Targeting Specific Audiences

There are major differences in the walking abilities, behavioral patterns, and learning capacities of different groups of pedestrians and other road users. For example, children have different physical and psychological abilities than adult pedestrians, young drivers exhibit different behaviors and driving skills than older drivers, and college age pedestrians may be reached through educational outlets that differ from those of other groups. Because of this, educational programs need to be tailored to the specific audiences they intend to address and to the behaviors they seek to modify.

Common audiences for pedestrian-related education programs include:

  1. Road users, including drivers (young, adult, or older), bicyclists, and pedestrians (children, college age pedestrians, the drinking population, adults/parents/neighbors, older pedestrians, etc.)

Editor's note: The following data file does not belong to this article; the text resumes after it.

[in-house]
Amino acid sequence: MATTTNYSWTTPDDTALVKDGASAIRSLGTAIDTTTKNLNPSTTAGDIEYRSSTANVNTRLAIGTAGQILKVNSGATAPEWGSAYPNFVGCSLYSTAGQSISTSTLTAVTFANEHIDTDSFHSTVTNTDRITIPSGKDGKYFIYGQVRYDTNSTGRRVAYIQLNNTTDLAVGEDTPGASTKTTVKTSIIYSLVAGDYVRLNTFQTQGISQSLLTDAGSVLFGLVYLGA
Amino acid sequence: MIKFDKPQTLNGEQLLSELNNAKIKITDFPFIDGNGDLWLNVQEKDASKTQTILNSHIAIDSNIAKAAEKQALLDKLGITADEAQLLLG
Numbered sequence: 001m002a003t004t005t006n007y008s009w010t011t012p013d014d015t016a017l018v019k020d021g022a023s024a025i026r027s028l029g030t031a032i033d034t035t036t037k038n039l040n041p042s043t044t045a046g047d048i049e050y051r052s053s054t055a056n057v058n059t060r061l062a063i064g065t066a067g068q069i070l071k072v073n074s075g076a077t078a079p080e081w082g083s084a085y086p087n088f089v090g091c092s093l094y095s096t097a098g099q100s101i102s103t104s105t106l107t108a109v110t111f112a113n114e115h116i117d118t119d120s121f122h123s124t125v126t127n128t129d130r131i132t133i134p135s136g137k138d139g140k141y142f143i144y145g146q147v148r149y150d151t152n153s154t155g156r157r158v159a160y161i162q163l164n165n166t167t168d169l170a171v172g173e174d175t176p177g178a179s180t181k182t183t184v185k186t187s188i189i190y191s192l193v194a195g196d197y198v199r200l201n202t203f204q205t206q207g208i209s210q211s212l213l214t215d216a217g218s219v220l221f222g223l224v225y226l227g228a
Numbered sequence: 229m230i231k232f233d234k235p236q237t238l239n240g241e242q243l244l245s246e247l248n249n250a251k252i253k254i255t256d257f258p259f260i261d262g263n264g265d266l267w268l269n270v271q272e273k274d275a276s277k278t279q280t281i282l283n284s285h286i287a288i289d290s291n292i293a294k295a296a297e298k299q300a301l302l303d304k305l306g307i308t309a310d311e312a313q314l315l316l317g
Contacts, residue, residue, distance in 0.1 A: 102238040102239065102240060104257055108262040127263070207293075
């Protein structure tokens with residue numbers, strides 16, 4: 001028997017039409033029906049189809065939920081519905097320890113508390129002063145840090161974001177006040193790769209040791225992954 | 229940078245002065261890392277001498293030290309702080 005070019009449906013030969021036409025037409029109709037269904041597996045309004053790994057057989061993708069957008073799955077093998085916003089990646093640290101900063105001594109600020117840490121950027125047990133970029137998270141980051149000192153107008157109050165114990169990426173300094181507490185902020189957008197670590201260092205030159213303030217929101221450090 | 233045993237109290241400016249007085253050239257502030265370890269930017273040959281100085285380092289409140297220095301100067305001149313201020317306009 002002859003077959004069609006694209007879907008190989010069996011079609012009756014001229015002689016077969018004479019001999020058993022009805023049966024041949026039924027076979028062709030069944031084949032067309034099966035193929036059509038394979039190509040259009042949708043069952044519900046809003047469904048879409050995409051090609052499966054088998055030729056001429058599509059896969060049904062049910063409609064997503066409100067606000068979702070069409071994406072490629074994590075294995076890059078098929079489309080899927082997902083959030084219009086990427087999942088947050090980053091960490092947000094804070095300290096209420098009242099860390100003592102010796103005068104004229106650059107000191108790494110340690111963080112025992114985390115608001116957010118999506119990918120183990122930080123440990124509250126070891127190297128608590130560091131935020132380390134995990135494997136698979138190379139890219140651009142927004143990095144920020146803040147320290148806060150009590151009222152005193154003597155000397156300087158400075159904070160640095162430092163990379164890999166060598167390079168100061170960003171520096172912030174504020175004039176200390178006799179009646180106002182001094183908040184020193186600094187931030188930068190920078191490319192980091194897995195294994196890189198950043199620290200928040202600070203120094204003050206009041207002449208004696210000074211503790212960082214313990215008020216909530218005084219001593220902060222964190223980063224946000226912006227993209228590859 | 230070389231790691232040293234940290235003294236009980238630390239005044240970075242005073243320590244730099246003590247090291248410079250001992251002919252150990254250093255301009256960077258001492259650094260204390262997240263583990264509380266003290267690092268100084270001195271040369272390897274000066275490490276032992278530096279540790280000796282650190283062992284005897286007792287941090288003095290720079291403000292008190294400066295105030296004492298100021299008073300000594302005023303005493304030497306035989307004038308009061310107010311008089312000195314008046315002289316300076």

2. Commuters/employees
  3. Transportation officials and decision makers, including engineers, planners, developers, local officials/leaders, and law enforcement officers

For each of these groups, it is important to consider:

  1. When and how the audience should receive information—for instance, children, depending on their stage of development, may not be able to understand certain messages or complicated images used to convey messages
  2. Demographic factors—for example, how the percentage of non-English speakers in a community affects the educational materials developed or how people with disabilities or low-income populations can get access to the information

For ideas on messages and strategies for educating these audiences, see Relaying Important Messages.